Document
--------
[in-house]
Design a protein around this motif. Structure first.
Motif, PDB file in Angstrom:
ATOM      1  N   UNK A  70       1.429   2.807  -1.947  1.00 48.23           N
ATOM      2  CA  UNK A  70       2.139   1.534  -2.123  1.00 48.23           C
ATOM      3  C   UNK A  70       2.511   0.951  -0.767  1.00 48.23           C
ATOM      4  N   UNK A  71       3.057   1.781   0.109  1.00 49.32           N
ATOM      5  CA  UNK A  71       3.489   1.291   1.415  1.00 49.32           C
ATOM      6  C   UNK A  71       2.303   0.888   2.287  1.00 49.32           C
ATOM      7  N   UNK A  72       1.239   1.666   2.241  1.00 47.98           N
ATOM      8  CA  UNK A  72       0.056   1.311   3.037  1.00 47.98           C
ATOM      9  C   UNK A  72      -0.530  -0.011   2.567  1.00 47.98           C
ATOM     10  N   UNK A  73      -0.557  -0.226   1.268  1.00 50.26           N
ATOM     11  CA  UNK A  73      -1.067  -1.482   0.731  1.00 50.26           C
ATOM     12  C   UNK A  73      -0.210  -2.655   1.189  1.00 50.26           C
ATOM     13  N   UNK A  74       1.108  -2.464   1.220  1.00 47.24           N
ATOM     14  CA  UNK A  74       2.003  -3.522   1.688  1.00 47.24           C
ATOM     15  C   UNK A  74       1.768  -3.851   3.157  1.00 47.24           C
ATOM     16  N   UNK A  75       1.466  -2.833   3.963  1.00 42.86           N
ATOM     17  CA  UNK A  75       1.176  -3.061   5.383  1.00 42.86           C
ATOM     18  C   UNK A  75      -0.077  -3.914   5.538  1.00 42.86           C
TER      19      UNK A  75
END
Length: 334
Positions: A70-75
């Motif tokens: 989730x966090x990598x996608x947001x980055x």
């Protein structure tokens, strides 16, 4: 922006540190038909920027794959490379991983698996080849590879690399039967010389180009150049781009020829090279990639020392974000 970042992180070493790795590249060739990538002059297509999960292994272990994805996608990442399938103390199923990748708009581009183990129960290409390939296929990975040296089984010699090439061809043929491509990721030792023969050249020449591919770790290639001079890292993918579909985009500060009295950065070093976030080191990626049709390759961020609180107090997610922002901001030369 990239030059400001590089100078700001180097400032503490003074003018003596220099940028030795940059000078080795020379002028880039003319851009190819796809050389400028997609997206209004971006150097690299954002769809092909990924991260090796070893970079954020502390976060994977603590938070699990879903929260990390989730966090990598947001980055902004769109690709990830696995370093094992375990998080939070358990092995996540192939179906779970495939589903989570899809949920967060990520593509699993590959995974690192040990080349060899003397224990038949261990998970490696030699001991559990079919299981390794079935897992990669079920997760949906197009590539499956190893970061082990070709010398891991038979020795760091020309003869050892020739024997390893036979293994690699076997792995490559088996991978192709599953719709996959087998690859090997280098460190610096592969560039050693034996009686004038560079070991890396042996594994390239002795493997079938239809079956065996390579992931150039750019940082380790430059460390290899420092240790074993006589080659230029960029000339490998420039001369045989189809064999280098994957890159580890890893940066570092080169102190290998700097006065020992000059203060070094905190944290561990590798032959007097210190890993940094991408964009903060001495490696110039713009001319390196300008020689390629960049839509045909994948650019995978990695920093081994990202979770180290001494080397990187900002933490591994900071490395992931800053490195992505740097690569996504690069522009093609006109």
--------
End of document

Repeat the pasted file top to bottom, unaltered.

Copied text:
[in-house]
Design a protein around this motif. Structure first.
Motif, PDB file in Angstrom:
ATOM      1  N   UNK A  70       1.429   2.807  -1.947  1.00 48.23           N
ATOM      2  CA  UNK A  70       2.139   1.534  -2.123  1.00 48.23           C
ATOM      3  C   UNK A  70       2.511   0.951  -0.767  1.00 48.23           C
ATOM      4  N   UNK A  71       3.057   1.781   0.109  1.00 49.32           N
ATOM      5  CA  UNK A  71       3.489   1.291   1.415  1.00 49.32           C
ATOM      6  C   UNK A  71       2.303   0.888   2.287  1.00 49.32           C
ATOM      7  N   UNK A  72       1.239   1.666   2.241  1.00 47.98           N
ATOM      8  CA  UNK A  72       0.056   1.311   3.037  1.00 47.98           C
ATOM      9  C   UNK A  72      -0.530  -0.011   2.567  1.00 47.98           C
ATOM     10  N   UNK A  73      -0.557  -0.226   1.268  1.00 50.26           N
ATOM     11  CA  UNK A  73      -1.067  -1.482   0.731  1.00 50.26           C
ATOM     12  C   UNK A  73      -0.210  -2.655   1.189  1.00 50.26           C
ATOM     13  N   UNK A  74       1.108  -2.464   1.220  1.00 47.24           N
ATOM     14  CA  UNK A  74       2.003  -3.522   1.688  1.00 47.24           C
ATOM     15  C   UNK A  74       1.768  -3.851   3.157  1.00 47.24           C
ATOM     16  N   UNK A  75       1.466  -2.833   3.963  1.00 42.86           N
ATOM     17  CA  UNK A  75       1.176  -3.061   5.383  1.00 42.86           C
ATOM     18  C   UNK A  75      -0.077  -3.914   5.538  1.00 42.86           C
TER      19      UNK A  75
END
Length: 334
Positions: A70-75
């Motif tokens: 989730x966090x990598x996608x947001x980055x």
């Protein structure tokens, strides 16, 4: 922006540190038909920027794959490379991983698996080849590879690399039967010389180009150049781009020829090279990639020392974000 970042992180070493790795590249060739990538002059297509999960292994272990994805996608990442399938103390199923990748708009581009183990129960290409390939296929990975040296089984010699090439061809043929491509990721030792023969050249020449591919770790290639001079890292993918579909985009500060009295950065070093976030080191990626049709390759961020609180107090997610922002901001030369 990239030059400001590089100078700001180097400032503490003074003018003596220099940028030795940059000078080795020379002028880039003319851009190819796809050389400028997609997206209004971006150097690299954002769809092909990924991260090796070893970079954020502390976060994977603590938070699990879903929260990390989730966090990598947001980055902004769109690709990830696995370093094992375990998080939070358990092995996540192939179906779970495939589903989570899809949920967060990520593509699993590959995974690192040990080349060899003397224990038949261990998970490696030699001991559990079919299981390794079935897992990669079920997760949906197009590539499956190893970061082990070709010398891991038979020795760091020309003869050892020739024997390893036979293994690699076997792995490559088996991978192709599953719709996959087998690859090997280098460190610096592969560039050693034996009686004038560079070991890396042996594994390239002795493997079938239809079956065996390579992931150039750019940082380790430059460390290899420092240790074993006589080659230029960029000339490998420039001369045989189809064999280098994957890159580890890893940066570092080169102190290998700097006065020992000059203060070094905190944290561990590798032959007097210190890993940094991408964009903060001495490696110039713009001319390196300008020689390629960049839509045909994948650019995978990695920093081994990202979770180290001494080397990187900002933490591994900071490395992931800053490195992505740097690569996504690069522009093609006109």